Whether it’s her dad Quintin Gomez waking her up on weekends by bringing the family’s dogs into her room or the elaborate Theme Park birthday parties she had in her backyard and later at theme parks, Ayla’s been gifted with a childhood of normalcy that attests to how much family plays an important role in her life. “My best memories were from when our whole family would spend Holy Week together at the Moalboal beach house, my tito’s farm in Bohol, or at our close family friend’s ranch in Bukidnon,” she recalls fondly. Of course, time has seen the group of cousins growing up and having their only families, which means less time to spend basking in the sun and playing shato, but Ayla still looks forward to the Christmas holidays spent at her grandmother’s house. “Every year she serves a huge feast, but the staples are always roast beef, turkey, lechon, and her famous callos and bacalao.”

Her familial ties carry over to her business life, when she opened The Lost Nomad with cousin Paolo Sarmiento. “Like how most things start out, it was over drunken talk,” she jokes about the beginnings of the brand. “Whenever my cousin visited Manila, we would always find ourselves talking about how cool it would be to collaborate and work on a store that sold bags.” After more discussions over coffee, the duo dove right into the project, looking for manufacturers that could create their concept of usable but stylish travel bags. Created to represent the modern day nomad, The Lost Nomad’s collections are on display on the website www.thelostnomad.com.ph, which show the collection of roomy duffels in bright primary colors, or clutches and backpacks in prints that bring to mind exotic locales. Their bags marry form and function, deceptively compact but in truth providing a good amount of space to carry travel essentials, while maintaining a design that maximizes on beautiful details and quality materials.

The inclination to designing bags stemmed from a recent realization that she’s turned into a shoe and bag lady, the kind who immediately gravitates to those specific accessories when entering a store. “Every girl turns into one sooner or later, I think,” she laughs. “I guess that’s where designing bags really started, with my love affair for owning nice-looking bags that didn’t hurt the pocket too much.”

Her first creation and current favorite is the Hatra, a weekender bag made of colored canvas and faux carabao leather accents. “Paolo and I discovered that there aren’t a lot of stores that sell nice affordable weekenders of good quality. So our first design was one that showcased a certain style. We made the blue and red for the more classic traveler, and the teal and yellow with stripes for those who like color and prints.”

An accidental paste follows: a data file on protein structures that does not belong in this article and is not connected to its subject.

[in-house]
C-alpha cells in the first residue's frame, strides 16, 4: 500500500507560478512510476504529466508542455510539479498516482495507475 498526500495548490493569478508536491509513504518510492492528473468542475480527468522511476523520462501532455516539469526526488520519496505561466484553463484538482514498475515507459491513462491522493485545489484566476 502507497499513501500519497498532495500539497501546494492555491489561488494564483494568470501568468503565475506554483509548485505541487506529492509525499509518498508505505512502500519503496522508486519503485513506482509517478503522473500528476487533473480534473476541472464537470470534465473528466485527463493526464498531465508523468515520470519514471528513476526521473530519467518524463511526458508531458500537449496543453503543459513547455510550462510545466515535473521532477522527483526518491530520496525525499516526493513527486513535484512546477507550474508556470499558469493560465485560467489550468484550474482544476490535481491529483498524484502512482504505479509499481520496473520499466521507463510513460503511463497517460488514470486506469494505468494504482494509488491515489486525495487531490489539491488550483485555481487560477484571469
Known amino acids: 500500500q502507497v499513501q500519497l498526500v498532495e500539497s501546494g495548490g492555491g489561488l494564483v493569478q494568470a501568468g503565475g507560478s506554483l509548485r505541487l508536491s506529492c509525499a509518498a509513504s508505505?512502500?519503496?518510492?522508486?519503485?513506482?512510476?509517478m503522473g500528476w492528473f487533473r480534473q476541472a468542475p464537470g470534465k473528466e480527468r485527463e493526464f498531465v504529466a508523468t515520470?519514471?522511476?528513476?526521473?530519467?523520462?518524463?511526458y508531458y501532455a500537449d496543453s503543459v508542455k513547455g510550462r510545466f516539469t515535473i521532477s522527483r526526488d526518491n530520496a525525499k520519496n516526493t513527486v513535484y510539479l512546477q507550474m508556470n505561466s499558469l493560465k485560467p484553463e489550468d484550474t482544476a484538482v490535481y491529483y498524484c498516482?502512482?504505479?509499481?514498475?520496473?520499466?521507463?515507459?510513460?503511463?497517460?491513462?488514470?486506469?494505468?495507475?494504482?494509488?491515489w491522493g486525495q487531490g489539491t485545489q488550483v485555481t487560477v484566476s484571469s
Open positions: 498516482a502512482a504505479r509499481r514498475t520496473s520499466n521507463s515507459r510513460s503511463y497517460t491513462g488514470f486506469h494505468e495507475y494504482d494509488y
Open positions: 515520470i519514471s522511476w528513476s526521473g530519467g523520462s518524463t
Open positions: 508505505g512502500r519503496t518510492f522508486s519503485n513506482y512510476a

“The Lost Nomad for me is laidback, but has a good sense of style and what looks good without sacrificing functionality,” Ayla says about the brand. “It’s a store that will hopefully inspire you to travel and explore beyond the four walls of your personal comfort zone. It’s also about spontaneity and the awesome stories a good adventure can bring.”

Creating The Lost Nomad, though, might have proved less of a challenge than it would have been for most, considering Ayla already had experience with putting up The Little Pinky Store after she graduated from college. The store boasts of a collection of quirky accessories, the kind that immediately adds a sweet kind of spunk to any sort of outfit or room. “Having a lot of time on hand after graduation helped me realize I had more of a creative brain than I originally thought,” she says. “The items that I sell are generally a reflection of my personal style and things that I would wear myself, or would like to have in my own home.”

Actually, The Little Pinky Store feels very much like an extension of Ayla’s closet, a collection of her own designs and items picked up from her travels that properly encapsulate the alluring character that she makes up for the brand. “A TLPS girl is most definitely someone who likes the sand between her toes and the sun on her skin, has a knack for traveling, a fun outlook in life, likes to dress up and wear cute little things. She loves color, bold prints, appreciates good music, food and handmade things,” which sounds very much like Ayla herself.

“My personal style would have to be a little boheme chic—sometimes feminine, sometimes masculine but mostly casual. I love the way Kate Hudson, Rachel Bilson and Alexa Chung dress.” The laidback look is evident in her daily uniform of denim shorts and a white tee with flats, and her closet filled with pieces from Zara, Topshop, Renegade Folk, Lulu Swing, Spruce, H&M, Urban Outfitters, and clothes found while rummaging through tiangges and local markets. For nights out, she sticks to keeping it simple but fashionable in a sense that best represents her personal look. “It’s always jeans with a plain top, topped off with a great bright or printed blazer, then some sexy black heels and a few bangles,” she enumerates. “I take literally ten minutes to do my face—just some mineral foundation, a subtle smoky eye with eyeliner, and maybe a red or nude lip to balance it off.”